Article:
Mambo, happy owner reunited | AspenTimes.com
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Mambo, happy owner reunited

Jeremy Heiman

An Aspen dog story came to a happy ending Thursday when a puppy, missing for a week, was returned to its owner.

Police, however, are looking for the woman who apparently kept 2-month-old Mambo for a week without notifying the pup’s owner.

Mambo disappeared from the back of his master’s pickup truck the evening of Feb. 17. The puppy was dropped off at the the Aspen Animal Shelter, at the Airport Business Center, on Feb. 24.

The pup was quickly reunited with his happy owner, who gave part of the reward money he had offered to the shelter, but the story may not be quite over yet. Aspen police would like to speak with the woman who apparently took Mambo from his owner’s truck, reportedly fearing the pup was cold.

It’s not clear whether the woman is guilty of theft or simply bad judgment. But Mambo’s owner, Javier Gonzalez-Bringas, is ecstatic to have his puppy back.

“I’m the happiest guy in the world,” Gonzalez-Bringas said. “It was like somebody stole my kid.”

Gonzalez-Bringas said he left Mambo in the back of his pickup truck, parked at Glory Hole Park. The pickup was covered with a camper shell and Mambo had a dog bed inside on which to curl up and snooze, he said.

Gonzalez-Bringas went to work at the Aspen Club Lodge, where he is food and beverage director and executive chef. When he went out to check on Mambo two hours later, he said, the puppy was gone.

Upset by the puppy’s disappearance, Gonzalez-Bringas advertised in local papers and on the radio. He papered the town with handbills and offered a $500 reward for the dog’s return.

He also filed a complaint with the Aspen Police Department, thinking the pooch might have been stolen.

The puppy, a drahthaar, or wire-haired German pointer, was a pricey pet, Gonzalez-Bringas said. But he declined to say exactly how much he paid. A young puppy of that breed could be mistaken for a more common German shorthaired pointer, Gonzalez-Bringas said, but will grow longer, wiry hair as it ages.

Shelter manager Seth Sachson said it was about 2 p.m. Thursday when he got a call from a woman who told him she had just put the lost puppy in the holding pen behind the shelter. He ran out the door with his mobile phone, hoping to see someone driving away, talking on a cellular phone.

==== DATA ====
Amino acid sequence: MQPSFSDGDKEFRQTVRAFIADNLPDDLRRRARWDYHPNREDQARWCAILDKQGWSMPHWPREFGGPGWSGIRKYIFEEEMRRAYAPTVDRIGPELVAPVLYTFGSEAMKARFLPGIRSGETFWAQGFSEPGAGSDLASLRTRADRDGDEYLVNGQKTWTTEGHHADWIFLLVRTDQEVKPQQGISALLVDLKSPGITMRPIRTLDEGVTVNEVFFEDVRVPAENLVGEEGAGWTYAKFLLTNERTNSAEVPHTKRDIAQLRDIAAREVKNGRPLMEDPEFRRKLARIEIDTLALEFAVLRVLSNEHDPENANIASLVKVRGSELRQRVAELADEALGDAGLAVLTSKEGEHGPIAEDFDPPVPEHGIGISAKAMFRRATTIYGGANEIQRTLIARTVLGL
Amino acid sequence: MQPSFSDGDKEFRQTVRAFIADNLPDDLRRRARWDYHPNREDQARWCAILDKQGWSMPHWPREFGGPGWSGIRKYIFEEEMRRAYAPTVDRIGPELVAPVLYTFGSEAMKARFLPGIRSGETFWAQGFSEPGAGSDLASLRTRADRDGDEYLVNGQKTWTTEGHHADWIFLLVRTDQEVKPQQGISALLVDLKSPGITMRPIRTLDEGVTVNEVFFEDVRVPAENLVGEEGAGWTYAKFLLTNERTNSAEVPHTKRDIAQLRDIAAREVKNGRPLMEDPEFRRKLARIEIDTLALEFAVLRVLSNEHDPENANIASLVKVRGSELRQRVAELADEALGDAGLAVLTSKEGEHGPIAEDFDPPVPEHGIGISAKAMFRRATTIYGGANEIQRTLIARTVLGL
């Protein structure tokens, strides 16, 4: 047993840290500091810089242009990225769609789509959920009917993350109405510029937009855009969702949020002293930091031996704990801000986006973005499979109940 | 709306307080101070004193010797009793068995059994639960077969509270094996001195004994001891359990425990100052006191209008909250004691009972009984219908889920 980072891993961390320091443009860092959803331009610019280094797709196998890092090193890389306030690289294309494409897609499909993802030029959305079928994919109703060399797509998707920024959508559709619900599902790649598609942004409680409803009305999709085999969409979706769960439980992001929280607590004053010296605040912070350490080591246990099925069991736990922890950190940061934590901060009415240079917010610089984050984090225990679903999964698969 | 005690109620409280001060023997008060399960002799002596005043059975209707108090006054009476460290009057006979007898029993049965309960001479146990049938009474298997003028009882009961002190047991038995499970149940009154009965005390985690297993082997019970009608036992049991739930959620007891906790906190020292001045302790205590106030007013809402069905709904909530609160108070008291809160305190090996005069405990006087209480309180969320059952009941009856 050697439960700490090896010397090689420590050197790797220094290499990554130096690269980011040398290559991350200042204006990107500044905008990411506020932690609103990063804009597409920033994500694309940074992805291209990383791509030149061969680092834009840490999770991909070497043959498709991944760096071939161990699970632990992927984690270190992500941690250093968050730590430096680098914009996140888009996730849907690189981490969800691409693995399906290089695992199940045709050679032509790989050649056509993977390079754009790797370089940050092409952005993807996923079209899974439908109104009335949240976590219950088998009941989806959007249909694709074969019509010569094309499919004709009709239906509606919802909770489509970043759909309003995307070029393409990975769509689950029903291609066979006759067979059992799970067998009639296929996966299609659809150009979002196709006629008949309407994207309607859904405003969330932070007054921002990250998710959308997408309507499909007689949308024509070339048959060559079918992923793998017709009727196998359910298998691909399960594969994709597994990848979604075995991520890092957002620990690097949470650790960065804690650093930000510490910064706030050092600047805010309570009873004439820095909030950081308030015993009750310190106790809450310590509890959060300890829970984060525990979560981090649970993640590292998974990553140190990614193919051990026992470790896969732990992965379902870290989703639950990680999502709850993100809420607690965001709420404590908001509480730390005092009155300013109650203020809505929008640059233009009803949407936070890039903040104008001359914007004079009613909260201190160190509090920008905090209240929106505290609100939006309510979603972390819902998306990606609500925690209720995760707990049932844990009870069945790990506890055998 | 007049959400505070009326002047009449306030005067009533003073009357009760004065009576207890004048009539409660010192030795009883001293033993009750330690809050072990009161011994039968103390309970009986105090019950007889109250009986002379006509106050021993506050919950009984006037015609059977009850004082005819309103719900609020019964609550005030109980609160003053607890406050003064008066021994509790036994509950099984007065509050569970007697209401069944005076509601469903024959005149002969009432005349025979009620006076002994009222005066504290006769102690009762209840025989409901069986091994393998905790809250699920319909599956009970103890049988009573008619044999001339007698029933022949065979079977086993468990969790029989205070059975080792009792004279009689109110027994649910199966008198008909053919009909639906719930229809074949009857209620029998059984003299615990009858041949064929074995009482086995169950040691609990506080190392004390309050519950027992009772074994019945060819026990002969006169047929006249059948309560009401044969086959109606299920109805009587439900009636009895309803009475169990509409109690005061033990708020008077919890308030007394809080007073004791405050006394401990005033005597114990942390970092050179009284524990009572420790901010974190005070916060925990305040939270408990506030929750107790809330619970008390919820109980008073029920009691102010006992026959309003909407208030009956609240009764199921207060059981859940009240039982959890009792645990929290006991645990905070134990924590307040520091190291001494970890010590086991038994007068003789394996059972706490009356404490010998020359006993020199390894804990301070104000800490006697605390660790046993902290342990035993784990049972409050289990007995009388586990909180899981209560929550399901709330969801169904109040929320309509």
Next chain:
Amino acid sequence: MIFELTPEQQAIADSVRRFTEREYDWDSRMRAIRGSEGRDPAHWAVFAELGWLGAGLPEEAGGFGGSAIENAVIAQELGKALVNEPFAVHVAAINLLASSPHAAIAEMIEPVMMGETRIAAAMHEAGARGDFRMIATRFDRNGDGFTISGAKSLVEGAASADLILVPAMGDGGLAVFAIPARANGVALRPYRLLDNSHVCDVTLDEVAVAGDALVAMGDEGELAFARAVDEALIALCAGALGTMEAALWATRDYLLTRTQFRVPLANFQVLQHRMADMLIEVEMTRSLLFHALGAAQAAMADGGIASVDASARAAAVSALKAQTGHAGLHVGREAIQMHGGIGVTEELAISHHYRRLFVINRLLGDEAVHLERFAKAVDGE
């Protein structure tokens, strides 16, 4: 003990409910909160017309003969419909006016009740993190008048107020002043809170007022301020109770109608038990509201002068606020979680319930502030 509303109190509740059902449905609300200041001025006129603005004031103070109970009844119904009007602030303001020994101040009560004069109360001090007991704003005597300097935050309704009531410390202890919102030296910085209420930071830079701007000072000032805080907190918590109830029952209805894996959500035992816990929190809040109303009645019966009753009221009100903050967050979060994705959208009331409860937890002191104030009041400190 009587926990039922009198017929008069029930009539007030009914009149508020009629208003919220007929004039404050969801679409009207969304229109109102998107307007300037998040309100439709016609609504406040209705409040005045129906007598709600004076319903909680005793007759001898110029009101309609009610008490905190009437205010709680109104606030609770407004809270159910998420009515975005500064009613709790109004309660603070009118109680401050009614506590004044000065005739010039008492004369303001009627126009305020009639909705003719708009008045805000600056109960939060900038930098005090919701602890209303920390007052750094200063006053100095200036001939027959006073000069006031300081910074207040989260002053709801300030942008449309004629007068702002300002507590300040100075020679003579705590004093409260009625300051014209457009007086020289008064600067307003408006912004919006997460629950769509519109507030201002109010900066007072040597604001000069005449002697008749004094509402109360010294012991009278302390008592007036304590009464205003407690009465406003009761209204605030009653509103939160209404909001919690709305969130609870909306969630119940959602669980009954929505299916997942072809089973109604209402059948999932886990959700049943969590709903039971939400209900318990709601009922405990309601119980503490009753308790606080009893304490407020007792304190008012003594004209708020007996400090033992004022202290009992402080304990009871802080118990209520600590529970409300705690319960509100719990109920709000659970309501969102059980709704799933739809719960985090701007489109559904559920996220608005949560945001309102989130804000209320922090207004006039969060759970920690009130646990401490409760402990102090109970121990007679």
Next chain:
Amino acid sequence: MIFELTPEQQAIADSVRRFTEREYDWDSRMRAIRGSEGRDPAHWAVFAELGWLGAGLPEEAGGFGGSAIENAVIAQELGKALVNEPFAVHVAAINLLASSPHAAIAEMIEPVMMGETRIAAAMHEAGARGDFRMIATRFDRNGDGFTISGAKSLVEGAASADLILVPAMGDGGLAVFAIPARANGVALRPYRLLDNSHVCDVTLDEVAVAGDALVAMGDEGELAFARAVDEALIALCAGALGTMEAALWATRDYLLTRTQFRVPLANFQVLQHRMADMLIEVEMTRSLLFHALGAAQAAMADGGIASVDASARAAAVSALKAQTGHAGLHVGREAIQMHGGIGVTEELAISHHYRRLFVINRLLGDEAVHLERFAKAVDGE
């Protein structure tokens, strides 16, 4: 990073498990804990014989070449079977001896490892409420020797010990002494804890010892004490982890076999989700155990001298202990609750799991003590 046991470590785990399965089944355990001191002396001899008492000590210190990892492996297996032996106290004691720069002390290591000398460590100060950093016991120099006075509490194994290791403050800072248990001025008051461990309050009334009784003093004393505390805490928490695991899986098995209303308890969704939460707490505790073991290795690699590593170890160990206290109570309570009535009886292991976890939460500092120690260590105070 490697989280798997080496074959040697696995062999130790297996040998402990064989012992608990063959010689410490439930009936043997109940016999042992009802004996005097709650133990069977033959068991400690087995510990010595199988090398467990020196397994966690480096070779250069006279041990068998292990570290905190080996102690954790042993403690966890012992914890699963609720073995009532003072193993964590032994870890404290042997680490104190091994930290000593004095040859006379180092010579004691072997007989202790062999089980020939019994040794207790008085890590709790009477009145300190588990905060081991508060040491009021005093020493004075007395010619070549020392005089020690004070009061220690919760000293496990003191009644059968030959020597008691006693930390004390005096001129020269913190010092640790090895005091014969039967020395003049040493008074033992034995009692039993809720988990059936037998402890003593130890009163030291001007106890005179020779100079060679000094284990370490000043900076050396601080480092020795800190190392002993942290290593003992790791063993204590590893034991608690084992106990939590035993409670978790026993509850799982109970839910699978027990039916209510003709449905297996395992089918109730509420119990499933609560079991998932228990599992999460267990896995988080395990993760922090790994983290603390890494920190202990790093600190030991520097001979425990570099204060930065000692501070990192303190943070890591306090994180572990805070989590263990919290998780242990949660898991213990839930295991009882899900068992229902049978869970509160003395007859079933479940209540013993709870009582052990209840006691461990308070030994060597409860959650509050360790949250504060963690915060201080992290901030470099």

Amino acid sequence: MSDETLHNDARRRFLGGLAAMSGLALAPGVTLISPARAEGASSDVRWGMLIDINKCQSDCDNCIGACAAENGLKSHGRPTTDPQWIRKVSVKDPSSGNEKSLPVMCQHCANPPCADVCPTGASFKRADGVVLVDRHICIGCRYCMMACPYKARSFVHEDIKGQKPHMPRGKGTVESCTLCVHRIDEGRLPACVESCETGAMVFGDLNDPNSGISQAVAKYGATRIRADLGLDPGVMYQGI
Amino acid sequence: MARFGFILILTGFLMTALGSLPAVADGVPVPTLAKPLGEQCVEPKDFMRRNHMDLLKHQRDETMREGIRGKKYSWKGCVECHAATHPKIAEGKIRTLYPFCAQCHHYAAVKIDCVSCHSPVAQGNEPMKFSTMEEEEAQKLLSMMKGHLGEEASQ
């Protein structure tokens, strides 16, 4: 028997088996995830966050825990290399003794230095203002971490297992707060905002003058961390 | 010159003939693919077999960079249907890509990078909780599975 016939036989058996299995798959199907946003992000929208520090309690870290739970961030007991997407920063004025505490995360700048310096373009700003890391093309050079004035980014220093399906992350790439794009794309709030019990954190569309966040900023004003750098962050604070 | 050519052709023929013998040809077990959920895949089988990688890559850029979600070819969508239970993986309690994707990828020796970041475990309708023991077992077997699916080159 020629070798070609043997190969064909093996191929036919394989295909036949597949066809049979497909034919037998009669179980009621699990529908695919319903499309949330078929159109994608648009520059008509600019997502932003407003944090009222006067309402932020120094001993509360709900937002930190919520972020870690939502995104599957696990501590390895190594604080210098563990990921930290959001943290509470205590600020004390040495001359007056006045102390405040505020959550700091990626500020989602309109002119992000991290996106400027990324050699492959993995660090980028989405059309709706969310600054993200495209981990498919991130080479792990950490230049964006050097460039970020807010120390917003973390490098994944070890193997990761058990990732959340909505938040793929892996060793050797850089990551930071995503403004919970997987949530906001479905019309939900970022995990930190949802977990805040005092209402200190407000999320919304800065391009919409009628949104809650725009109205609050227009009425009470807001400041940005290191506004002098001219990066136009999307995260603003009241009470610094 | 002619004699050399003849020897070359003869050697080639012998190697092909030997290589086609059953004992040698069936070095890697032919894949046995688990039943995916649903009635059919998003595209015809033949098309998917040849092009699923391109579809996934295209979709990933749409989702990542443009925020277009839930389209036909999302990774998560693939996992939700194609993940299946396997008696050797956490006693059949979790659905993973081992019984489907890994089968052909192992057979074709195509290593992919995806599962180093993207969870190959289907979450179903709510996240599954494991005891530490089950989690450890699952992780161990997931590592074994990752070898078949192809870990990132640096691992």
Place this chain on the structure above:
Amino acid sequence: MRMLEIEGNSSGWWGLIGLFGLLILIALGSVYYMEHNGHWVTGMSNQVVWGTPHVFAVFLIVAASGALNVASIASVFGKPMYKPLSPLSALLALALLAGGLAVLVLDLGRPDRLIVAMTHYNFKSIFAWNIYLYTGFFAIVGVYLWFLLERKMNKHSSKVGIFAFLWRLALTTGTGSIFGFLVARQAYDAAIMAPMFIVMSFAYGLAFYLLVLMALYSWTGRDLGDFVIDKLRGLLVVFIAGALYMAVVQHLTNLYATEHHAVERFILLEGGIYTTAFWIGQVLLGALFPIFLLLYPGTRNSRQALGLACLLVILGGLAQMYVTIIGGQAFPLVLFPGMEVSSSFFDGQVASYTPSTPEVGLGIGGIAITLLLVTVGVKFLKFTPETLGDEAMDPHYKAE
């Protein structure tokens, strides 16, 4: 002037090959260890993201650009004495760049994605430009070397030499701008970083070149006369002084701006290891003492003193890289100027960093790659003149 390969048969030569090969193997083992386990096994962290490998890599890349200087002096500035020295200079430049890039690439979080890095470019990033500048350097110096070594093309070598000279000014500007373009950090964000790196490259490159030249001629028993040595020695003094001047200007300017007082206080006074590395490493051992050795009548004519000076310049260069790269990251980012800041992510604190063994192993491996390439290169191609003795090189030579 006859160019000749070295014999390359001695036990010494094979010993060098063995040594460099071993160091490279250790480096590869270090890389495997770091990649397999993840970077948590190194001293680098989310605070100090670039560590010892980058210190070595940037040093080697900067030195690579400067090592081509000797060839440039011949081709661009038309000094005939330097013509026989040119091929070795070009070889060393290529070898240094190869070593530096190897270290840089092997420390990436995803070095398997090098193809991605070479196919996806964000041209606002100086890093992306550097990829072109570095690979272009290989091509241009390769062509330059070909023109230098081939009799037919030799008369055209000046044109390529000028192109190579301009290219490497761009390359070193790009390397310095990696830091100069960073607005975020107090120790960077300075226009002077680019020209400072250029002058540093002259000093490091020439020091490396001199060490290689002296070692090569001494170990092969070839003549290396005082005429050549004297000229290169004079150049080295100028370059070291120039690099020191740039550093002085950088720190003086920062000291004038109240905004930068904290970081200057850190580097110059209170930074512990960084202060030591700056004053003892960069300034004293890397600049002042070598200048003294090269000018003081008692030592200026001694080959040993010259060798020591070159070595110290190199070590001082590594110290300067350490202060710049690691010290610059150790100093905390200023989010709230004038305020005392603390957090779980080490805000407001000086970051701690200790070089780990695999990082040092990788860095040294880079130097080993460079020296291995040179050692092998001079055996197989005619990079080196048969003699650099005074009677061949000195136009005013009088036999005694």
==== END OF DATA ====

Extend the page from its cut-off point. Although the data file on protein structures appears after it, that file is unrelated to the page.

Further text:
But instead, he saw Mambo. “I walked into the street and the puppy went racing by, trailing its leash,” he said. The pup came to him easily when he called.

Still on the telephone, Sachson asked the woman, who refused to identify herself, where she got the dog. She said she had taken the puppy out of a pickup truck because he was cold, and she thought it was cruel to leave him there.

In his opinion, Sachson said, Mambo was just fine in the truck, and didn’t need to be rescued. He said he told the woman that taking the dog as she did was essentially stealing. He tried to trace the call, but found only that the number belongs to a fax machine which was not operating.

Sachson speculates the woman may have returned the dog the way she did because she got scared when she saw the fliers with Mambo’s picture.

“I wish she could have been more open about it,” he said. But he went on to point out that, though she could have, she didn’t try to collect the $500 reward that Gonzalez-Bringas offered.

Within half an hour, Mambo was back with his owner, Sachson said. Gonzalez-Bringas offered the whole reward to the shelter, but Sachson declined. In the end, Gonzalez-Bringas gave the shelter $300, having spent about $200 on advertising.

The shelter will use the funds to help pay for the spaying and neutering of homeless animals, Sachson said.


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